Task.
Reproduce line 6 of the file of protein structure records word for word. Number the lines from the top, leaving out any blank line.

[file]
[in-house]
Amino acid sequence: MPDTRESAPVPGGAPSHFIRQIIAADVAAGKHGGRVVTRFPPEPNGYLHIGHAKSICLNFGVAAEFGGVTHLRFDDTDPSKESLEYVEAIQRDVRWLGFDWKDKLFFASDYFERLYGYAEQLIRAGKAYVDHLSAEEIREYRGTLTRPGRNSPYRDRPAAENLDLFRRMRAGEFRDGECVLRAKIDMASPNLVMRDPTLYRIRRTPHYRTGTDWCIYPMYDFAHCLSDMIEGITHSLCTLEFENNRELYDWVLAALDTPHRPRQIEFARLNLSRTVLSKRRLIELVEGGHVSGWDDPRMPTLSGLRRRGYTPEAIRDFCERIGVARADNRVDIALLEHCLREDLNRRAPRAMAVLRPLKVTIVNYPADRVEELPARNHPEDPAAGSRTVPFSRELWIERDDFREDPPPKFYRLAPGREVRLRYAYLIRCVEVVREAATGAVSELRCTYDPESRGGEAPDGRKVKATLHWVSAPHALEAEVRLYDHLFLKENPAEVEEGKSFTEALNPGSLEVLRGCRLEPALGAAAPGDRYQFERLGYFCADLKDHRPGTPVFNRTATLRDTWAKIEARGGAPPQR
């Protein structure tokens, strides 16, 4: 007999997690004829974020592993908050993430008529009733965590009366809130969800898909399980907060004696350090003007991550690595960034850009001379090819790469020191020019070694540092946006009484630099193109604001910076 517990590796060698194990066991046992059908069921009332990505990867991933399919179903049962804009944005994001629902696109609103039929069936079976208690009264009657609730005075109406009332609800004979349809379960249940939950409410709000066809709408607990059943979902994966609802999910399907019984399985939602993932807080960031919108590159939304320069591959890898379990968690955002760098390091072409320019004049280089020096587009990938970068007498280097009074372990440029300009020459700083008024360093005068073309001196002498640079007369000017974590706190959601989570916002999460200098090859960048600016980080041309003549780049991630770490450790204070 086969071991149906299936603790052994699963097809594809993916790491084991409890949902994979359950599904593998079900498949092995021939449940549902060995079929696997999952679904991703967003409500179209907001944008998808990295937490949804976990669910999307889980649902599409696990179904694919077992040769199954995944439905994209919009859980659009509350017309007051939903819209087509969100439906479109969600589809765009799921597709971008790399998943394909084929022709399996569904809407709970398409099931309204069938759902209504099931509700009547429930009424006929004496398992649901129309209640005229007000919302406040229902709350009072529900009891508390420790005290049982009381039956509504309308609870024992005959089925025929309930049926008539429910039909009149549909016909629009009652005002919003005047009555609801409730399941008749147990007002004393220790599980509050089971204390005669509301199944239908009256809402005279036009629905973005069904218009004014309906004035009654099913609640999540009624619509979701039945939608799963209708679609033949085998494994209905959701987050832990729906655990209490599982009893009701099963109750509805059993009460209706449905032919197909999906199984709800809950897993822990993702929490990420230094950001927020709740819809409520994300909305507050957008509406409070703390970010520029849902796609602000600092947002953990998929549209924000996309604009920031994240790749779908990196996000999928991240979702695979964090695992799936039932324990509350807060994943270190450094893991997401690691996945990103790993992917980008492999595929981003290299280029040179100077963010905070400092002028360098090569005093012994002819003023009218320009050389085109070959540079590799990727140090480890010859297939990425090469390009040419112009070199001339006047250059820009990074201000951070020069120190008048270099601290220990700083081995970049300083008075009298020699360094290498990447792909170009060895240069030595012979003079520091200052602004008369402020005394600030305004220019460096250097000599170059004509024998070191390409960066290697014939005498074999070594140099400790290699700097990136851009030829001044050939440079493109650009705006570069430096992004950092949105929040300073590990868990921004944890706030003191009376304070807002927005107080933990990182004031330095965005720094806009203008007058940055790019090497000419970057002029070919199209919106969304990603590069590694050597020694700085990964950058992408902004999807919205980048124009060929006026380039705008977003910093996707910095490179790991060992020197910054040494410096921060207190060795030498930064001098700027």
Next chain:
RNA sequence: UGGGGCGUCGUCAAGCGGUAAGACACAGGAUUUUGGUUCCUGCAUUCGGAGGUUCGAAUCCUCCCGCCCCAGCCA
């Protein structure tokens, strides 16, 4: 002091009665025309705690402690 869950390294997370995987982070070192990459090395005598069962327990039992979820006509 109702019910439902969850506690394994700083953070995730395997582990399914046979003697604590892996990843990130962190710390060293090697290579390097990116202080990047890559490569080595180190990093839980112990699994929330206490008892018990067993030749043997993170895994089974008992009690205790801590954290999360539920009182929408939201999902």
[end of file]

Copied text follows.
């Protein structure tokens, strides 16, 4: 002091009665025309705690402690 869950390294997370995987982070070192990459090395005598069962327990039992979820006509 109702019910439902969850506690394994700083953070995730395997582990399914046979003697604590892996990843990130962190710390060293090697290579390097990116202080990047890559490569080595180190990093839980112990699994929330206490008892018990067993030749043997993170895994089974008992009690205790801590954290999360539920009182929408939201999902």